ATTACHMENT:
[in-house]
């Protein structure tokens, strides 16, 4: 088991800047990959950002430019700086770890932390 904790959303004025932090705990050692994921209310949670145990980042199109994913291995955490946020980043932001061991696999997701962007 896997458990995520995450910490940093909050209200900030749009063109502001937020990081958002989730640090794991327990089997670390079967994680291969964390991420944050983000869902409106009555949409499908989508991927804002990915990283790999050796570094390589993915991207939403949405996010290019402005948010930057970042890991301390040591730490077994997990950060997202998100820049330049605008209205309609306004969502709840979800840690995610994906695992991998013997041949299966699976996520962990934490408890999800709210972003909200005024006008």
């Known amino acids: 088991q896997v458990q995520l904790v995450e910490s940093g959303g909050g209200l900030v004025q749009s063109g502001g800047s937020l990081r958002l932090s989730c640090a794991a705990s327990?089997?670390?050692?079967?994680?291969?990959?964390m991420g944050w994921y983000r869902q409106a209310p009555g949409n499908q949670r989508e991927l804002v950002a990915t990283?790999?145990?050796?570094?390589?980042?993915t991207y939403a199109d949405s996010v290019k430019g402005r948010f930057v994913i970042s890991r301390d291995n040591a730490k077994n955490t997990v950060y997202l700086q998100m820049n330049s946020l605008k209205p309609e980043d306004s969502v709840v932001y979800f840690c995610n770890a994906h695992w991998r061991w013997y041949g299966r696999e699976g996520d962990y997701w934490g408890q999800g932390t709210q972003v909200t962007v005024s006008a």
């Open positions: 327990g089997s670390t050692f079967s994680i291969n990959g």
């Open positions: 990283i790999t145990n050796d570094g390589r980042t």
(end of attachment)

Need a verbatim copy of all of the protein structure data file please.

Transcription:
[in-house]
């Protein structure tokens, strides 16, 4: 088991800047990959950002430019700086770890932390 904790959303004025932090705990050692994921209310949670145990980042199109994913291995955490946020980043932001061991696999997701962007 896997458990995520995450910490940093909050209200900030749009063109502001937020990081958002989730640090794991327990089997670390079967994680291969964390991420944050983000869902409106009555949409499908989508991927804002990915990283790999050796570094390589993915991207939403949405996010290019402005948010930057970042890991301390040591730490077994997990950060997202998100820049330049605008209205309609306004969502709840979800840690995610994906695992991998013997041949299966699976996520962990934490408890999800709210972003909200005024006008």
């Known amino acids: 088991q896997v458990q995520l904790v995450e910490s940093g959303g909050g209200l900030v004025q749009s063109g502001g800047s937020l990081r958002l932090s989730c640090a794991a705990s327990?089997?670390?050692?079967?994680?291969?990959?964390m991420g944050w994921y983000r869902q409106a209310p009555g949409n499908q949670r989508e991927l804002v950002a990915t990283?790999?145990?050796?570094?390589?980042?993915t991207y939403a199109d949405s996010v290019k430019g402005r948010f930057v994913i970042s890991r301390d291995n040591a730490k077994n955490t997990v950060y997202l700086q998100m820049n330049s946020l605008k209205p309609e980043d306004s969502v709840v932001y979800f840690c995610n770890a994906h695992w991998r061991w013997y041949g299966r696999e699976g996520d962990y997701w934490g408890q999800g932390t709210q972003v909200t962007v005024s006008a």
């Open positions: 327990g089997s670390t050692f079967s994680i291969n990959g």
């Open positions: 990283i790999t145990n050796d570094g390589r980042t």